Apple made personal computers a standard household product by developing a simple user friendly idiot-proof system that anyone could use. Jobs was a decade ahead of the Microsoft based systems, using menu driven computers in the mid-80s that were not matched by Microsoft until Windows was developed in the mid-90s. His later generation of computers continues to include features that make it far superior to the competition.

Bill Quigley: Report from Haiti: Where’s the Money?

Broken and collapsed buildings remain in every neighborhood. Men pull oxcarts by hand through the street. Women carry 5 gallon plastic jugs of water on their heads, dipped from manhole covers in the street. Hundreds of thousands remain in grey sheet and tarp covered shelters in big public parks, in between houses and in any small pocket of land. Most of the people are unemployed or selling mangoes or food on the side of every main street. This was Port au Prince during my visit with a human rights delegation of School of Americas Watch – more than a year and a half after the earthquake that killed hundreds of thousands and made two million homeless.

What I did not see this week were bulldozers scooping up the mountains of concrete remaining from last January’s earthquake. No cranes lifting metal beams up to create new buildings. No public works projects. No housing developments. No public food or public water distribution centers.

Everywhere I went, the people of Haiti asked, “Where is the money the world promised Haitians?”

Occupy Wall St. Livestream: Day 22

Watch live streaming video from globalrevolution at livestream.com


The resistance continues at Liberty Square, with free pizza 😉

“I don’t know how to fix this but I know it’s wrong.” ~ Unknown Author

Yom Kippur Service Taking Place At Occupy Wall Street

NEW YORK — It’s rare that Mae Singerman, a self-described secular Jew who grew up in a Reform family, observes Yom Kippur by praying, fasting or attending synagogue.

But at sundown on Friday, the 27-year-old from Brooklyn planned to join hundreds of other Jews at the Occupy Wall Street demonstration for Kol Nidre, the opening service of Yom Kippur that starts the holiest time on the Jewish calendar.

“For me, it’s about bringing my Jewish identity and my politics together,” said Singerman, who has participated in several anti-capitalism protests in recent years and visited the demonstration at Zuccotti Park for the first time last week. “Having a Jewish service or ceremony brings more Jews who wouldn’t necessarily come. I know people coming tonight who are pretty skeptical about Occupy Wall Street but are willing to give it a try because of the Yom Kippur service.”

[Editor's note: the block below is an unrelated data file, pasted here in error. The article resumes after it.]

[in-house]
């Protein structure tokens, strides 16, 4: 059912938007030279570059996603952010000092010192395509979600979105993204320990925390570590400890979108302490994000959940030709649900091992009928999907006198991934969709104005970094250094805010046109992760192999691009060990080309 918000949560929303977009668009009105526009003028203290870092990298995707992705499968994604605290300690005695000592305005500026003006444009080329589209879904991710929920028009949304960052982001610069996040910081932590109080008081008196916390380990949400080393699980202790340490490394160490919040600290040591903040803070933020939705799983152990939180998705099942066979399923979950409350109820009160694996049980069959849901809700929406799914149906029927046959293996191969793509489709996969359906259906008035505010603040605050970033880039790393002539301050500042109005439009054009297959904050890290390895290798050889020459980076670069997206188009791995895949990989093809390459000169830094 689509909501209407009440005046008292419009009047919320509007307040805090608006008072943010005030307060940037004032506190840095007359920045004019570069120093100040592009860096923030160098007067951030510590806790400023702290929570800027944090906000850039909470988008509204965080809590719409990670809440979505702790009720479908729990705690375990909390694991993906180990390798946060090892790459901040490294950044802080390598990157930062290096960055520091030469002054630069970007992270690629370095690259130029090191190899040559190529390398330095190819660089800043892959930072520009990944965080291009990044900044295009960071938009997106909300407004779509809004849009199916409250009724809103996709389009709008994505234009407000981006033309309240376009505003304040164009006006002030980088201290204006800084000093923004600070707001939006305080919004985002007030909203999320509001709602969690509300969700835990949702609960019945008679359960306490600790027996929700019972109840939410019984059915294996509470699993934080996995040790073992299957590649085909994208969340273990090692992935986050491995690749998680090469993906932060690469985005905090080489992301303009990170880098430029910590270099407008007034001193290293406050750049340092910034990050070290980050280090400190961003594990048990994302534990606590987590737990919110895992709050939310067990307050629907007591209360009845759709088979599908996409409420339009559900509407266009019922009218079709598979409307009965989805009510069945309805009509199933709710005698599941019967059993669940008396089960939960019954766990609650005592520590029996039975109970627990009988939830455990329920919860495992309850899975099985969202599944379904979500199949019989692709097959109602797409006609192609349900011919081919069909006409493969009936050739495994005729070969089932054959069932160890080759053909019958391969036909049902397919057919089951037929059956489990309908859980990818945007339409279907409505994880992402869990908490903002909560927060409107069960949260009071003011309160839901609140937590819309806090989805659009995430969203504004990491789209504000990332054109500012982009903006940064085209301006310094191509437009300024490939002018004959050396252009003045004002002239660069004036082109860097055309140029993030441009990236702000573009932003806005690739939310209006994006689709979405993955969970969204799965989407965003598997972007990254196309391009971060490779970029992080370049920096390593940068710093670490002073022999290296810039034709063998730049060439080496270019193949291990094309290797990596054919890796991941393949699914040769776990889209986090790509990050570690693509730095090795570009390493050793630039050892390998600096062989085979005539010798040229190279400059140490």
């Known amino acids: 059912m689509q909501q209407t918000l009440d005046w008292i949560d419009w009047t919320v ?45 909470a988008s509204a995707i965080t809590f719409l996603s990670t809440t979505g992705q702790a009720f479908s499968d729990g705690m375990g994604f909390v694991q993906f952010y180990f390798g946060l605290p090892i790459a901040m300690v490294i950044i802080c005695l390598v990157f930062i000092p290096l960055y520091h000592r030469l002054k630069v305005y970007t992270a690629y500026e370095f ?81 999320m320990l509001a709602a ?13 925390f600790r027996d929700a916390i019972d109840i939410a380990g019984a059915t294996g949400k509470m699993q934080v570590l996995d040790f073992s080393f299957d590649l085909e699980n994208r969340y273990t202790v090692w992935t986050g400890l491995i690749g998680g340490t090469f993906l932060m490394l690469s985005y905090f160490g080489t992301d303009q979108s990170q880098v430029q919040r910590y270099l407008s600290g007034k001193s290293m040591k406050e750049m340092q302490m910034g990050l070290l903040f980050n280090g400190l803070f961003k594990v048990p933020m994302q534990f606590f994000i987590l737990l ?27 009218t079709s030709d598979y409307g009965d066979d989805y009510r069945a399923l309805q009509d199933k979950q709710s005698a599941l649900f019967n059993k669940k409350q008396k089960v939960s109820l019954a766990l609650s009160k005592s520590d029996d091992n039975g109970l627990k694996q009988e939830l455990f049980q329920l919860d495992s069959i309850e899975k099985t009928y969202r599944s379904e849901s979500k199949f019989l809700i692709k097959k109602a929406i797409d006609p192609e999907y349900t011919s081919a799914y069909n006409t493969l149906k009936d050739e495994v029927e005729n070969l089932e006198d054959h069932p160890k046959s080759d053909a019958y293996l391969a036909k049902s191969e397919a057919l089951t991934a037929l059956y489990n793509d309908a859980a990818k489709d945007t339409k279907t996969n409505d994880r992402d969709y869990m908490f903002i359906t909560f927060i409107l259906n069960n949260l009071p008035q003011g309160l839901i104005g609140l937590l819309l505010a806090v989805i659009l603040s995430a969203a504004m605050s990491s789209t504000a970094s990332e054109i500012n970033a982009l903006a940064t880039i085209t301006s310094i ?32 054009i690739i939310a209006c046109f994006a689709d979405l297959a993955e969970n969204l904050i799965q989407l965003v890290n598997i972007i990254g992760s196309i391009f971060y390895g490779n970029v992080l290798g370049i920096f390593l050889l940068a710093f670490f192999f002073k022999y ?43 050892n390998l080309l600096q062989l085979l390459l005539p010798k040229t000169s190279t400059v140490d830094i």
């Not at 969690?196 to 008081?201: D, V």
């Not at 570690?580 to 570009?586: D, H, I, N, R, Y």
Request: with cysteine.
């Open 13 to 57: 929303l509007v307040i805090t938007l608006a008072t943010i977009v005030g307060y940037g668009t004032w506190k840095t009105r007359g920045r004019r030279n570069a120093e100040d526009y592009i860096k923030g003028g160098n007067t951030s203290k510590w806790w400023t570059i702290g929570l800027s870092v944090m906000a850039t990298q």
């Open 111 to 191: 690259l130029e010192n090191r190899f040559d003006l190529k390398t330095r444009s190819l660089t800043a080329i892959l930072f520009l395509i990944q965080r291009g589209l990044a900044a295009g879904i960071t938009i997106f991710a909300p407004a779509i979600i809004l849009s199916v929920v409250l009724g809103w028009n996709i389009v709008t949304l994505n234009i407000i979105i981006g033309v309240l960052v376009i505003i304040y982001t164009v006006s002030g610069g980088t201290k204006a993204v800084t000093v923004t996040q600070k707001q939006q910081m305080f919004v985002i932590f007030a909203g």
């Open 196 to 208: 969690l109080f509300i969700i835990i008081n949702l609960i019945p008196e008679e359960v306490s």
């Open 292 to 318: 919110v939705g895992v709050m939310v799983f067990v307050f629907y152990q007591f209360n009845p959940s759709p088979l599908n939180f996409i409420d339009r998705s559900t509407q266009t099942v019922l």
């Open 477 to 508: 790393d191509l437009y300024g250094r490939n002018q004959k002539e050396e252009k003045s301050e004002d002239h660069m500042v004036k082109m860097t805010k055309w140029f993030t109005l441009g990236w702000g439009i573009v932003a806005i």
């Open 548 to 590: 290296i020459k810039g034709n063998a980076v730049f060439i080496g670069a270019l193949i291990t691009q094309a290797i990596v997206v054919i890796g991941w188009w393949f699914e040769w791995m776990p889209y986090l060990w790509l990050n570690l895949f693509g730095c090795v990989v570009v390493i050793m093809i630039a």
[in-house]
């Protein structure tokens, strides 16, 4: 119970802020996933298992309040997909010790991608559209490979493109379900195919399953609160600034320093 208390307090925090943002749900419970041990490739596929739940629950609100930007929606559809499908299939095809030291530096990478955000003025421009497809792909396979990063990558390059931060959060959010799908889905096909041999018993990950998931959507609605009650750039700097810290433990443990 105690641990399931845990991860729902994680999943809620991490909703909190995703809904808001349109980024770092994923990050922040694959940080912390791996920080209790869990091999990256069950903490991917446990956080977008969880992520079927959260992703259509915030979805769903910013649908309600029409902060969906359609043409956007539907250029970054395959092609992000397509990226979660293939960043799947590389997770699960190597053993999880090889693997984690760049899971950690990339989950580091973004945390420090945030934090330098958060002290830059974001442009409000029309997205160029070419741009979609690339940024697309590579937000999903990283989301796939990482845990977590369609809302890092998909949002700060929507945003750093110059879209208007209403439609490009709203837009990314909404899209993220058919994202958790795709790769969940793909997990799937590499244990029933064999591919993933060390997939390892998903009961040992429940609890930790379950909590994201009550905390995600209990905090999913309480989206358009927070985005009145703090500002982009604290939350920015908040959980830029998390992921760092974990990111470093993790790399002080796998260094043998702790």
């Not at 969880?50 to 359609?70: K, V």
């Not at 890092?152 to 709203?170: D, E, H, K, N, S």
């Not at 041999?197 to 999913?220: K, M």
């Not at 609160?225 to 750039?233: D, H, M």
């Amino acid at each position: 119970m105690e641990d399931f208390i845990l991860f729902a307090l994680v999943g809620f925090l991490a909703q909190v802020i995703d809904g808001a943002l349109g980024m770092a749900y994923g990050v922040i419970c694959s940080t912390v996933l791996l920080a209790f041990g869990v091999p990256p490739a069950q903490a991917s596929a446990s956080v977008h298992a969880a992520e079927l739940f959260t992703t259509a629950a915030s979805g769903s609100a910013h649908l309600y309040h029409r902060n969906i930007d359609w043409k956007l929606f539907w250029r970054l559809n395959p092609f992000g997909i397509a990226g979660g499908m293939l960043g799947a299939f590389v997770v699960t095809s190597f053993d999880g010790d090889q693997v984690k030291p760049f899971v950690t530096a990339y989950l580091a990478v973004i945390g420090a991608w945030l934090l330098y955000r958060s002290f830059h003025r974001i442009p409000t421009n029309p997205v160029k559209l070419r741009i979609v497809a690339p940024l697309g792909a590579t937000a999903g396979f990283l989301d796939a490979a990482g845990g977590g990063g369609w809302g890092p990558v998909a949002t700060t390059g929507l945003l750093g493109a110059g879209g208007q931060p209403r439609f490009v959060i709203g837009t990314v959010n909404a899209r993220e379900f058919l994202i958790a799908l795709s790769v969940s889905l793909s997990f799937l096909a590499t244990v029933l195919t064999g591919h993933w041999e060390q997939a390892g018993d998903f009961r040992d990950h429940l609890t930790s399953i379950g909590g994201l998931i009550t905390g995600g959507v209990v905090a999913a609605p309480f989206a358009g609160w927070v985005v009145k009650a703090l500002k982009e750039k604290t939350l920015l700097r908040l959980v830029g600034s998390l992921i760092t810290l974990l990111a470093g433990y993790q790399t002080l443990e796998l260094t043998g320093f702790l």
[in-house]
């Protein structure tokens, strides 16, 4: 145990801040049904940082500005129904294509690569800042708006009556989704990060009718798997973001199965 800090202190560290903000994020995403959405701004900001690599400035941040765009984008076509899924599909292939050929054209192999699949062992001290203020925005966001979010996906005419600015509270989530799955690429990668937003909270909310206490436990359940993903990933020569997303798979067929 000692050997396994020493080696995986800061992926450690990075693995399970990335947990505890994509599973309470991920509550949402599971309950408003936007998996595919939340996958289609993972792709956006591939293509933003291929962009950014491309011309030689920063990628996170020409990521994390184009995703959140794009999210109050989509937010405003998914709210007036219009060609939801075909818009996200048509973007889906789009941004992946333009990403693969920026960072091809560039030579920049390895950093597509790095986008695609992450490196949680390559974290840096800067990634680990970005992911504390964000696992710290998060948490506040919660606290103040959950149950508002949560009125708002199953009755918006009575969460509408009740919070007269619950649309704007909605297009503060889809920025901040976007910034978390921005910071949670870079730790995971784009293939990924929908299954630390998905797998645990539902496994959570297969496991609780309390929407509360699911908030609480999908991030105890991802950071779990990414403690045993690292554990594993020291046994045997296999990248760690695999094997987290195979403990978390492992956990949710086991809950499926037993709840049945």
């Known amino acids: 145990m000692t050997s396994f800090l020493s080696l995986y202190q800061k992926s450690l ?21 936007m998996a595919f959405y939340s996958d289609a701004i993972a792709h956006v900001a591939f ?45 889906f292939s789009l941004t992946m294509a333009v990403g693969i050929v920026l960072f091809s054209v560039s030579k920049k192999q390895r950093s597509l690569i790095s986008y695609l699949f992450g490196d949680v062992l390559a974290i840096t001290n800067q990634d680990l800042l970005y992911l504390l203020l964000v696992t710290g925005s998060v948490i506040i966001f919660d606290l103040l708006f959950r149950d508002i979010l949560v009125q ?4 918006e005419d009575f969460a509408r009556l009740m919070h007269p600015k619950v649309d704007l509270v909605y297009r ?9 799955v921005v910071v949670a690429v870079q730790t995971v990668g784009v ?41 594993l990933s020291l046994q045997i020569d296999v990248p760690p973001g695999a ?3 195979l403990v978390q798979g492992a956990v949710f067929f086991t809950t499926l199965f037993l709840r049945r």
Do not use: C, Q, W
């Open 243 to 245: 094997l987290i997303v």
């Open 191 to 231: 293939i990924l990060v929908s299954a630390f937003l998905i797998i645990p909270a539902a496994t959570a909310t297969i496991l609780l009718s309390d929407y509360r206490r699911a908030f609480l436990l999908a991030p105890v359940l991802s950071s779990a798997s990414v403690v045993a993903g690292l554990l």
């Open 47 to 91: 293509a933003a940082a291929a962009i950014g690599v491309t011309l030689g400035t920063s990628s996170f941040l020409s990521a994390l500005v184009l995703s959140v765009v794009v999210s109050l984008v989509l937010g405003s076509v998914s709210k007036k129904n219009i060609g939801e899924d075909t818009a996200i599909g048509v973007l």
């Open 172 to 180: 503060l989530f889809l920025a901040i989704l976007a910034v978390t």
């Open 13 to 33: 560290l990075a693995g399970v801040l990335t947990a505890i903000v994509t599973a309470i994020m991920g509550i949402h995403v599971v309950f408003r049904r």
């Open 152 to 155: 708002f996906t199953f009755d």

Organized mostly via Facebook over the last week, the Kol Nidre service starts at 7 p.m. across from the downtown park where demonstrations have occurred since mid-September. Almost 500 people have RSVP’d on Facebook, although at least a few dozen of them are out-of-towners who are just showing their support.

The service, led by rabbis and students from several Jewish traditions, has been endorsed by Jewish organizations such as Jews for Racial and Economic Justice and the Shalom Center. The Rabbinical Assembly for Conservative Judaism has donated 100 prayer books for the service, and organizers say that the Battery Park Synagogue and Chabad of Wall Street have welcomed holy-day observers who spend the night at the protest camp to come pray at Saturday services. Similar Kol Nidre services have also been planned in Boston, Philadelphia and Washington, D.C.

On This Day In History October 8

This is your morning Open Thread. Pour your favorite beverage and review the past and comment on the future.

Find the past “On This Day in History” here.

October 8 is the 281st day of the year (282nd in leap years) in the Gregorian calendar. There are 84 days remaining until the end of the year.


On this day in 1871, flames spark in the Chicago barn of Patrick and Catherine O’Leary, igniting a 2-day blaze that kills between 200 and 300 people, destroys 17,450 buildings,leaves 100,000 homeless and causes an estimated $200 million (in 1871 dollars; $3 billion in 2007 dollars) in damages.

The Great Chicago Fire was a conflagration  that burned from Sunday, October 8, to early Tuesday, October 10, 1871, killing hundreds and destroying about 4 square miles (10 km2) in Chicago, Illinois. Though the fire was one of the largest U.S.  disasters of the 19th century, the rebuilding that began almost immediately spurred Chicago’s development into one of the most populous and economically important American cities.

On the municipal flag of Chicago, the second star commemorates the fire. To this day the exact cause and origin of the fire remain a mystery.